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How to connect to the to database using unix termianl

Tom Kyte - Mon, 2016-12-19 04:46
Hi , I wanted to connect to oracle database using unix terminal. The Idea is that I have installed ubuntu as a virtual machine and I wanted to run procedures using ubuntu and the result of which should be seen in the terminal. Is is possible to...
Categories: DBA Blogs

Problem in EXPDP AND IMPDP with virtual column

Tom Kyte - Mon, 2016-12-19 04:46
Hey all I have create table with virtual columns like the following CREATE TABLE employees ( id NUMBER, first_name VARCHAR2(10), last_name VARCHAR2(10), salary NUMBER(9,2), comm1 NUMBER(3), comm2 NUMB...
Categories: DBA Blogs

PLSQL: Best/Alternate way to implement FAST Refresh for better performance

Tom Kyte - Mon, 2016-12-19 04:46
In my present db implementation, my db does not has any data/table. All the data it gets is from other sources using dblinks and then populate Materialized Views. These MVs in actual being used by my db to serve customer requests. To implement these ...
Categories: DBA Blogs

format disrupted upon using it

Tom Kyte - Mon, 2016-12-19 04:46
Hi Tom (or Chris or Connor), While i was trying something out i came upon a strange feature when using to_char. I have 2 columns in a with clause, a value and a format. Then I use these 2 in a to_char function. The strange thing is that the for...
Categories: DBA Blogs

ETL Offload with Spark and Amazon EMR - Part 3 - Running pySpark on EMR

Rittman Mead Consulting - Mon, 2016-12-19 03:00

In the previous articles (here, and here) I gave the background to a project we did for a client, exploring the benefits of Spark-based ETL processing running on Amazon's Elastic Map Reduce (EMR) Hadoop platform. The proof of concept we ran was on a very simple requirement, taking inbound files from a third party, joining to them to some reference data, and then making the result available for analysis.

I showed here how I built up the prototype PySpark code on my local machine, using Docker to quickly and easily make available the full development environment needed.

Now it's time to get it running on a proper Hadoop platform. Since the client we were working with already have a big presence on Amazon Web Services (AWS), using Amazon's Hadoop platform made sense. Amazon's Elastic Map Reduce, commonly known as EMR, is a fully configured Hadoop cluster. You can specify the size of the cluster and vary it as you want (hence, "Elastic"). One of the very powerful features of it is that being a cloud service, you can provision it on demand, run your workload, and then shut it down. Instead of having a rack of physical servers running your Hadoop platform, you can instead spin up EMR whenever you want to do some processing - to a size appropriate to the processing required - and only pay for the processing time that you need.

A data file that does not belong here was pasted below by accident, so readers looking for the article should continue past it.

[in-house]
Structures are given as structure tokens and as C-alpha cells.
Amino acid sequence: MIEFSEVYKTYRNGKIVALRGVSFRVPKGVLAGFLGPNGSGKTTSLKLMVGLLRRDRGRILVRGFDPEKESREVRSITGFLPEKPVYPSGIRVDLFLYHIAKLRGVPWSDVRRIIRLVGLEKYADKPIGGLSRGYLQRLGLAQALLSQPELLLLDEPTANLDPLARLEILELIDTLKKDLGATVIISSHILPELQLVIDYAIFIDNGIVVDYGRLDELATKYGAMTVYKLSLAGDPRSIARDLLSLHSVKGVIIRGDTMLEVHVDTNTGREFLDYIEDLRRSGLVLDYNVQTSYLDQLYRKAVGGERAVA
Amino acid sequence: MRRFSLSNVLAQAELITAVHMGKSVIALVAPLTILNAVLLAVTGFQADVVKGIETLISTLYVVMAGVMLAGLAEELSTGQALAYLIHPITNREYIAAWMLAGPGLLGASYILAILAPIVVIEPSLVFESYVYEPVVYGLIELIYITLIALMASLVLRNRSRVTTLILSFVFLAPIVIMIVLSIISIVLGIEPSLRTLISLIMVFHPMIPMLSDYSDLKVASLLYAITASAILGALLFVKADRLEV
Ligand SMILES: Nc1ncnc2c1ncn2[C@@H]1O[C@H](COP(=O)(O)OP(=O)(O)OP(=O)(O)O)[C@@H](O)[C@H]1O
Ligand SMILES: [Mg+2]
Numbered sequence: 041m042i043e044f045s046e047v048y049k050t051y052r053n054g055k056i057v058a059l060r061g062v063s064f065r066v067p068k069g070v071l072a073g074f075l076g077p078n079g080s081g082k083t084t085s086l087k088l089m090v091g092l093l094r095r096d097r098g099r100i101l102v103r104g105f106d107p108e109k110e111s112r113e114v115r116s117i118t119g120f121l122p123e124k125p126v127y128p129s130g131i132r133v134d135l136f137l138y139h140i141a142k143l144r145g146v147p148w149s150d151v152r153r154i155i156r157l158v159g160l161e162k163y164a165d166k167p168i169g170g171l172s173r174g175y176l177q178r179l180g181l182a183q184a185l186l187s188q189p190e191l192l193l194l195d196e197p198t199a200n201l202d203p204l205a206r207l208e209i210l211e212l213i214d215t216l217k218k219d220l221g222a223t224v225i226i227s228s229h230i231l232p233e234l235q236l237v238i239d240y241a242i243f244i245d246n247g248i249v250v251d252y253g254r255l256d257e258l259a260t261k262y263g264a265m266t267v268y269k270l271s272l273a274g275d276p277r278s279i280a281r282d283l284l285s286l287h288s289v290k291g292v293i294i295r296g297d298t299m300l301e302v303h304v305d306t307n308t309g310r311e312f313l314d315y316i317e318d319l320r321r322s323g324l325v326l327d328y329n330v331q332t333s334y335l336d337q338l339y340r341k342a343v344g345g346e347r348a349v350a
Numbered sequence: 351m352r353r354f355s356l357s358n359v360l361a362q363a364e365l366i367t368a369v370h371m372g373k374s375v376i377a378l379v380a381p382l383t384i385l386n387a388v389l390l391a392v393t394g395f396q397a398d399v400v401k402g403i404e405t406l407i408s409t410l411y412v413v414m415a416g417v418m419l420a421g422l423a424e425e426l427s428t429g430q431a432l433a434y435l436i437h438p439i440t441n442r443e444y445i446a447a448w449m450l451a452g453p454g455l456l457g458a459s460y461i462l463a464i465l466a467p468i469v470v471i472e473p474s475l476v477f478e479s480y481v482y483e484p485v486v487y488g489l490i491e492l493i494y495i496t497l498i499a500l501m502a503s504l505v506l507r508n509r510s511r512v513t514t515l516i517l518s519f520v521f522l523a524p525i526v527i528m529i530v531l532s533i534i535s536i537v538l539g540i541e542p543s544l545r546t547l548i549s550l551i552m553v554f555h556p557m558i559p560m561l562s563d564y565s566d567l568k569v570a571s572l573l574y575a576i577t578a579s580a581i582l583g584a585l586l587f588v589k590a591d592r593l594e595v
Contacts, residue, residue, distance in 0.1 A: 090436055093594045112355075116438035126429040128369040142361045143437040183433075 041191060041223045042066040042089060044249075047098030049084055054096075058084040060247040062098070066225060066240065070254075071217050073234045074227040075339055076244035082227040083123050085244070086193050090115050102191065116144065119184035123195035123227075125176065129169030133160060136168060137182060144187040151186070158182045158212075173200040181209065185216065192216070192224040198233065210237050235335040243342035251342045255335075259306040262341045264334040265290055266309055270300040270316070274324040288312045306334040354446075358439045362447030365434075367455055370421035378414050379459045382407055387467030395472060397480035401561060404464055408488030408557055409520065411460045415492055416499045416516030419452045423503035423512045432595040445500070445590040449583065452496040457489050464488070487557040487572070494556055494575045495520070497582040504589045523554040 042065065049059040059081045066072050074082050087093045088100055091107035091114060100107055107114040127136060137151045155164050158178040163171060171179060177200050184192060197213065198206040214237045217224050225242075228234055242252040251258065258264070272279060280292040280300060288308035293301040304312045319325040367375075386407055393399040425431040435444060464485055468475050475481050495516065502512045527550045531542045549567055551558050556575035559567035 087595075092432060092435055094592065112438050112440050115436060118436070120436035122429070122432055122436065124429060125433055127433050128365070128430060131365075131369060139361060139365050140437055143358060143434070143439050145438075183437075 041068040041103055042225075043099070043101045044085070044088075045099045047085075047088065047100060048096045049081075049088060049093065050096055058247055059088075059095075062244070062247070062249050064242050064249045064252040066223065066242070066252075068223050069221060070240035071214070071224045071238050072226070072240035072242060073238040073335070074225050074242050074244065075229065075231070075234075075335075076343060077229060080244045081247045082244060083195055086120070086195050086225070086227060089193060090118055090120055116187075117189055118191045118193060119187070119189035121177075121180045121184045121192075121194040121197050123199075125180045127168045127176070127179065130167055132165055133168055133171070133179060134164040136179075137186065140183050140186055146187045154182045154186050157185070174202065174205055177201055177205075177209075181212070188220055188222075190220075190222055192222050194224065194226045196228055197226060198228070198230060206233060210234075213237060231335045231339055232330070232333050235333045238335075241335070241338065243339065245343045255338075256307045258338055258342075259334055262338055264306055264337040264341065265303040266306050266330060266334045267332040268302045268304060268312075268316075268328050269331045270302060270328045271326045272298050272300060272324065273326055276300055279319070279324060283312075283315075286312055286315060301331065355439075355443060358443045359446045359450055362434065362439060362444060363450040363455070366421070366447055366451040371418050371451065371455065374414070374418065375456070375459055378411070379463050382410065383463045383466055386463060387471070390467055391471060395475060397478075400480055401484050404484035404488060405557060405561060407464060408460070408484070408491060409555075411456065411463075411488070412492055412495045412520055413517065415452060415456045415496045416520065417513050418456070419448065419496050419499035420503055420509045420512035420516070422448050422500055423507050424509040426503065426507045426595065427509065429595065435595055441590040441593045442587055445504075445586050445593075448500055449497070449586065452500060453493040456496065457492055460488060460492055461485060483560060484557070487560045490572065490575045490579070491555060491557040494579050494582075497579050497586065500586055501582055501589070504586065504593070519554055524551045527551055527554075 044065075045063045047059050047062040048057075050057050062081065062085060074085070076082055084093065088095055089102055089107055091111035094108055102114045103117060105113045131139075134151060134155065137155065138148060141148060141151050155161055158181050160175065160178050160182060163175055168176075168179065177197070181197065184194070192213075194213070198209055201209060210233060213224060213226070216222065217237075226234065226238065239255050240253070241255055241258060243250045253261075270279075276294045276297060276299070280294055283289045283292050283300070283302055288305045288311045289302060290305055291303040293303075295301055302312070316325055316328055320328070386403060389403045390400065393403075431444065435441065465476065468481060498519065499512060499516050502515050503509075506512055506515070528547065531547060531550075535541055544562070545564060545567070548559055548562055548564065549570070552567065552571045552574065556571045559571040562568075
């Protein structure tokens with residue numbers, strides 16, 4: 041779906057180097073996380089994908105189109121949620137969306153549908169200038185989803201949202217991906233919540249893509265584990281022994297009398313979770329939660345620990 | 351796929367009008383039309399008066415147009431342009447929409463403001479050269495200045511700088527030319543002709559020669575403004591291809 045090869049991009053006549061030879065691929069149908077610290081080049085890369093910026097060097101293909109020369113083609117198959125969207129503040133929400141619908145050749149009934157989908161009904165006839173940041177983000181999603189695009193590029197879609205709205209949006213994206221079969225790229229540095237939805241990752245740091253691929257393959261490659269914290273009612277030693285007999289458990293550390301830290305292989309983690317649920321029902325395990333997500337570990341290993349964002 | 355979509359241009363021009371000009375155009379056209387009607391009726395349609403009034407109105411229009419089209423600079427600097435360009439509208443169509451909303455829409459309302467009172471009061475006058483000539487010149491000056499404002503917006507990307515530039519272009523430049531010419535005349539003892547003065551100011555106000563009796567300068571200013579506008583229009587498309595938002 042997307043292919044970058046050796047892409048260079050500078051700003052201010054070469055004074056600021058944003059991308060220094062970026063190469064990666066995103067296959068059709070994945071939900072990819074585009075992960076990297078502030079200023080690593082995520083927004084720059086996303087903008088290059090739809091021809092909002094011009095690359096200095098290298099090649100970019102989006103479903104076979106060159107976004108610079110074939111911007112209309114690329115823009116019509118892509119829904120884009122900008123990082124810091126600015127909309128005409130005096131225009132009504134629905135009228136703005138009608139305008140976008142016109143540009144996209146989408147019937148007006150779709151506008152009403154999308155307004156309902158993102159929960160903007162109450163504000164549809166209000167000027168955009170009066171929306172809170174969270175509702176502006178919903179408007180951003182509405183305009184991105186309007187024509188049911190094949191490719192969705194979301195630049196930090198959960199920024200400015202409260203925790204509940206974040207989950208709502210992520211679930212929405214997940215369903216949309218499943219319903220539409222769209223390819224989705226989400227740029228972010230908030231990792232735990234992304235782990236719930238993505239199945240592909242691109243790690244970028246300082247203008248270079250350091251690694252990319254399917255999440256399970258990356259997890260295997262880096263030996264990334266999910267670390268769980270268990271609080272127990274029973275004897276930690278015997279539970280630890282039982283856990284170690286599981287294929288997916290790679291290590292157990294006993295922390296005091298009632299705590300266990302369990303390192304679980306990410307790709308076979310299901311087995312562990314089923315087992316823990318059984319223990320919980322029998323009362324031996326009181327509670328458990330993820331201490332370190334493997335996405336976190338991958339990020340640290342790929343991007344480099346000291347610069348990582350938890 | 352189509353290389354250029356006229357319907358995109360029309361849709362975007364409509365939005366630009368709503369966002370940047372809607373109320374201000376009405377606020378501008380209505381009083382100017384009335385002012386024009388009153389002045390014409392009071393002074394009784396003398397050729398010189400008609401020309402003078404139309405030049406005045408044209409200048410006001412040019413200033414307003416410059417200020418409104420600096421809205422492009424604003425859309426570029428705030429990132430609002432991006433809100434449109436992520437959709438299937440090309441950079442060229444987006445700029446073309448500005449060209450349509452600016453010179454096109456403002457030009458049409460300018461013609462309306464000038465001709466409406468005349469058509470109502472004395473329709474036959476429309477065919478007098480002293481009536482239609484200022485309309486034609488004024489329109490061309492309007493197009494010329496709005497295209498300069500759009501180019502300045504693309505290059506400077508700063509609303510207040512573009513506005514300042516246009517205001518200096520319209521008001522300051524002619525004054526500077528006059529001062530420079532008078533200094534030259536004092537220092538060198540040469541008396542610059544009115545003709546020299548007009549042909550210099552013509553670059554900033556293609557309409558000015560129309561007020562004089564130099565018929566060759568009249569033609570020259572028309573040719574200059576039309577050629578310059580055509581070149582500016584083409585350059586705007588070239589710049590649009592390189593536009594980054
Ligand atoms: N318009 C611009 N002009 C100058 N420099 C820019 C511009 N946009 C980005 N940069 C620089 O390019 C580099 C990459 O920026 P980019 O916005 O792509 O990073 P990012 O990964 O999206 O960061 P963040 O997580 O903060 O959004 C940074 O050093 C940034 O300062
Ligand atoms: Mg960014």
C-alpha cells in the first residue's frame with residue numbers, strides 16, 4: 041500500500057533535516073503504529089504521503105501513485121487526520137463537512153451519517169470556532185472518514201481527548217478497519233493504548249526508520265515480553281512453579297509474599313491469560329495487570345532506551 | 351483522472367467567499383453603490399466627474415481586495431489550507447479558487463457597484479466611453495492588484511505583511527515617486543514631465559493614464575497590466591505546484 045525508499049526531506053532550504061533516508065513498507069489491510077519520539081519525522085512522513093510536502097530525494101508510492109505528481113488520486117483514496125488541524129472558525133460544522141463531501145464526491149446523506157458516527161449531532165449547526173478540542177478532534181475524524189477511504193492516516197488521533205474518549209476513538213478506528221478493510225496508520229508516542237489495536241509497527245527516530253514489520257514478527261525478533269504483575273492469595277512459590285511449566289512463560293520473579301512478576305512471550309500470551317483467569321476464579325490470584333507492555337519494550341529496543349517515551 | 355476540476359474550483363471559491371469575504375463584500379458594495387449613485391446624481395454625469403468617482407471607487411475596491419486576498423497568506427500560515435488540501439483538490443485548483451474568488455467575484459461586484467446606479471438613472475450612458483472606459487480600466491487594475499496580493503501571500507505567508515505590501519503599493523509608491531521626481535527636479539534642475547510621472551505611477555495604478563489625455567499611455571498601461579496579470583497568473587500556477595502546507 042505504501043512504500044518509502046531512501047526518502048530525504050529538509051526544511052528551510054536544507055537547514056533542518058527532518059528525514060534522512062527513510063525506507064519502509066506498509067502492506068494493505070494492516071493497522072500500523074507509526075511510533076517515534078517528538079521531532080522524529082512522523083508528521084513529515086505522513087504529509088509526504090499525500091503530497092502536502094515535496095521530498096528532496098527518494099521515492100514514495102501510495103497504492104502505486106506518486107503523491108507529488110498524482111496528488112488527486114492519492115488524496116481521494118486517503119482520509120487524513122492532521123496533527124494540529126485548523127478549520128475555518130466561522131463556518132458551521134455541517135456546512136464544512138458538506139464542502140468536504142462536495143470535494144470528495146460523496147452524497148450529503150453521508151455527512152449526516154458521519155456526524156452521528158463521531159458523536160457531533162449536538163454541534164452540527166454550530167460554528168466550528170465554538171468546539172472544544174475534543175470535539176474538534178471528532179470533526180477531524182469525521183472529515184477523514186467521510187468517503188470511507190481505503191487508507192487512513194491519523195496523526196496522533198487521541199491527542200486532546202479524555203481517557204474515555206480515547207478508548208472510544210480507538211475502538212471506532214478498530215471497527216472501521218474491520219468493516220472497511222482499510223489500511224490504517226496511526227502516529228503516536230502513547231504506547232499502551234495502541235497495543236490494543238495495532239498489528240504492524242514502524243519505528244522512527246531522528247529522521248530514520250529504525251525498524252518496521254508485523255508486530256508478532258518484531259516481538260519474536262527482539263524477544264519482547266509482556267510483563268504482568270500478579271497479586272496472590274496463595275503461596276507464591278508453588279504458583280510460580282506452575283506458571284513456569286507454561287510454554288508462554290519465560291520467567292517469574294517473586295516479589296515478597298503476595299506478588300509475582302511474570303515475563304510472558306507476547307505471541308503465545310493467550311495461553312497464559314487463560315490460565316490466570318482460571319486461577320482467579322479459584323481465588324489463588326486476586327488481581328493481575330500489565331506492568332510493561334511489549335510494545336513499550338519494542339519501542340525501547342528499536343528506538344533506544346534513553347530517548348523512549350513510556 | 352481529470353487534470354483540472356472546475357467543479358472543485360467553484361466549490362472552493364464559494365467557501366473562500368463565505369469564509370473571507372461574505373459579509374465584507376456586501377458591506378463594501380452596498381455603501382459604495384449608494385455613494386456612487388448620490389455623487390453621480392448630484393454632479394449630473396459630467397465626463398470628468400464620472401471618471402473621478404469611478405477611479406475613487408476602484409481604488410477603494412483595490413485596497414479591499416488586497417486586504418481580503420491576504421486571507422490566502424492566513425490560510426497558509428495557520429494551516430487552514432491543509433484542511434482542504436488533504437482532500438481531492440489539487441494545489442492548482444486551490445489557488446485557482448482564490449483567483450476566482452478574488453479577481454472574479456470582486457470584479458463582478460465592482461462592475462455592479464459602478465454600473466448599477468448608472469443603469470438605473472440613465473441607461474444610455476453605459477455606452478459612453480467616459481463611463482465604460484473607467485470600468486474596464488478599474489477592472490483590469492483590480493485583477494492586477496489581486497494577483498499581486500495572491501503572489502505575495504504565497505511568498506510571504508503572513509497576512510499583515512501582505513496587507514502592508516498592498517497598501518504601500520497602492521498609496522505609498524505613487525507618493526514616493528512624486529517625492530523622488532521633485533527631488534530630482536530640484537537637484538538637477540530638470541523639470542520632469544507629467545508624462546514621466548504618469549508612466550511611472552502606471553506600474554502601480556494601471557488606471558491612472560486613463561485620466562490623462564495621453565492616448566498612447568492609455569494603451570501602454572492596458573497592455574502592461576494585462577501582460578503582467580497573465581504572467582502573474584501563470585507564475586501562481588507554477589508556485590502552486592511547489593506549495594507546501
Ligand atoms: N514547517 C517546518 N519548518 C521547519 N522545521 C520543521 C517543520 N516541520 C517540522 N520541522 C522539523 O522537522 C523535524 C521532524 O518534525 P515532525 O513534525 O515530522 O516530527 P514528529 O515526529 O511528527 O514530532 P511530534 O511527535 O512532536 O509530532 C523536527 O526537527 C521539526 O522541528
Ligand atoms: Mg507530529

Moving my locally-developed PySpark code to run on EMR should be easy, since they're both running Spark. Should be easy, right? Well, this is where it gets - as we say in the trade - "interesting". Part of my challenges were down to the learning curve in being new to this set of technology. However, others I would point to more as being examples of where the brave new world of Big Data tooling becomes less an exercise in exciting endless possibilities and more stubbornly Googling errors due to JAR clashes and software version mismatches...

Provisioning EMR

Whilst it's possible to make the entire execution of the PySpark job automated (including the provisioning of the EMR cluster itself), to start with I wanted to run it manually to check each step along the way.

To create an EMR cluster simply login to the EMR console and click Create

I used Amazon's EMR distribution, configured for Spark. You can also deploy a MapR-based hadoop platform, and use the Advanced tab to pick and mix the applications to deploy (such as Spark, Presto, etc).

The number and size of the nodes is configured here (I used the default, 3 machines of m3.xlarge spec), as is the SSH key. The latter is very important to get right, otherwise you won't be able to connect to your cluster over SSH.

Once you click Create cluster Amazon automagically provisions the underlying EC2 servers, and deploys and configures the software and Hadoop clustering across them. Anyone who's set up a Hadoop cluster will know that literally a one-click deploy of a cluster is a big deal!

If you're going to be connecting to the EMR cluster from your local machine you'll want to modify the security group assigned to it once provisioned and enable access to the necessary ports (e.g. for SSH) from your local IP.

Deploying the code